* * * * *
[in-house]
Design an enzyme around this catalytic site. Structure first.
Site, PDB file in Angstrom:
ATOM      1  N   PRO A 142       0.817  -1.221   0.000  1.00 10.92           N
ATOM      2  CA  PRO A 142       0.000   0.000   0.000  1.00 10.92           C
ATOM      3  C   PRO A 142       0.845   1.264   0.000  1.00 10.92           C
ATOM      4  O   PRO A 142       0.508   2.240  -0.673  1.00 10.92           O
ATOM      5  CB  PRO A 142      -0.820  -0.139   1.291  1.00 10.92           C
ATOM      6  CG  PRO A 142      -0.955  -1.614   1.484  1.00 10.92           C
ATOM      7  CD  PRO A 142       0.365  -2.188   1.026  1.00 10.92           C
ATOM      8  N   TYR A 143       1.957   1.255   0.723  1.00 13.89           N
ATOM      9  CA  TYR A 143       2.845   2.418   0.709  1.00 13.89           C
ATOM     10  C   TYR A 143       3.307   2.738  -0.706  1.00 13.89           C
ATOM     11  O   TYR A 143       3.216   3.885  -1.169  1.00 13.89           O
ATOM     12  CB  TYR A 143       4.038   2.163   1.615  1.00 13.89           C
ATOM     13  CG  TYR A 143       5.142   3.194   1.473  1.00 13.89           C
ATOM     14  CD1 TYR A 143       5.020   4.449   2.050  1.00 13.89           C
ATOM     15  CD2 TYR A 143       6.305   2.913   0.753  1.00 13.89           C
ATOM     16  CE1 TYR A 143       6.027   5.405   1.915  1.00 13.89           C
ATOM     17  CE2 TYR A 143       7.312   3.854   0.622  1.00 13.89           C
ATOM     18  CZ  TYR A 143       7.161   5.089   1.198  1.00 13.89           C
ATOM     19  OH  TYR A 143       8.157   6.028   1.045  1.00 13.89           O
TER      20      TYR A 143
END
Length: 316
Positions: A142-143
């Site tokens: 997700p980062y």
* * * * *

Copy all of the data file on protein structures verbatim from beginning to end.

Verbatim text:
[in-house]
Design an enzyme around this catalytic site. Structure first.
Site, PDB file in Angstrom:
ATOM      1  N   PRO A 142       0.817  -1.221   0.000  1.00 10.92           N
ATOM      2  CA  PRO A 142       0.000   0.000   0.000  1.00 10.92           C
ATOM      3  C   PRO A 142       0.845   1.264   0.000  1.00 10.92           C
ATOM      4  O   PRO A 142       0.508   2.240  -0.673  1.00 10.92           O
ATOM      5  CB  PRO A 142      -0.820  -0.139   1.291  1.00 10.92           C
ATOM      6  CG  PRO A 142      -0.955  -1.614   1.484  1.00 10.92           C
ATOM      7  CD  PRO A 142       0.365  -2.188   1.026  1.00 10.92           C
ATOM      8  N   TYR A 143       1.957   1.255   0.723  1.00 13.89           N
ATOM      9  CA  TYR A 143       2.845   2.418   0.709  1.00 13.89           C
ATOM     10  C   TYR A 143       3.307   2.738  -0.706  1.00 13.89           C
ATOM     11  O   TYR A 143       3.216   3.885  -1.169  1.00 13.89           O
ATOM     12  CB  TYR A 143       4.038   2.163   1.615  1.00 13.89           C
ATOM     13  CG  TYR A 143       5.142   3.194   1.473  1.00 13.89           C
ATOM     14  CD1 TYR A 143       5.020   4.449   2.050  1.00 13.89           C
ATOM     15  CD2 TYR A 143       6.305   2.913   0.753  1.00 13.89           C
ATOM     16  CE1 TYR A 143       6.027   5.405   1.915  1.00 13.89           C
ATOM     17  CE2 TYR A 143       7.312   3.854   0.622  1.00 13.89           C
ATOM     18  CZ  TYR A 143       7.161   5.089   1.198  1.00 13.89           C
ATOM     19  OH  TYR A 143       8.157   6.028   1.045  1.00 13.89           O
TER      20      TYR A 143
END
Length: 316
Positions: A142-143
């Site tokens: 997700p980062y």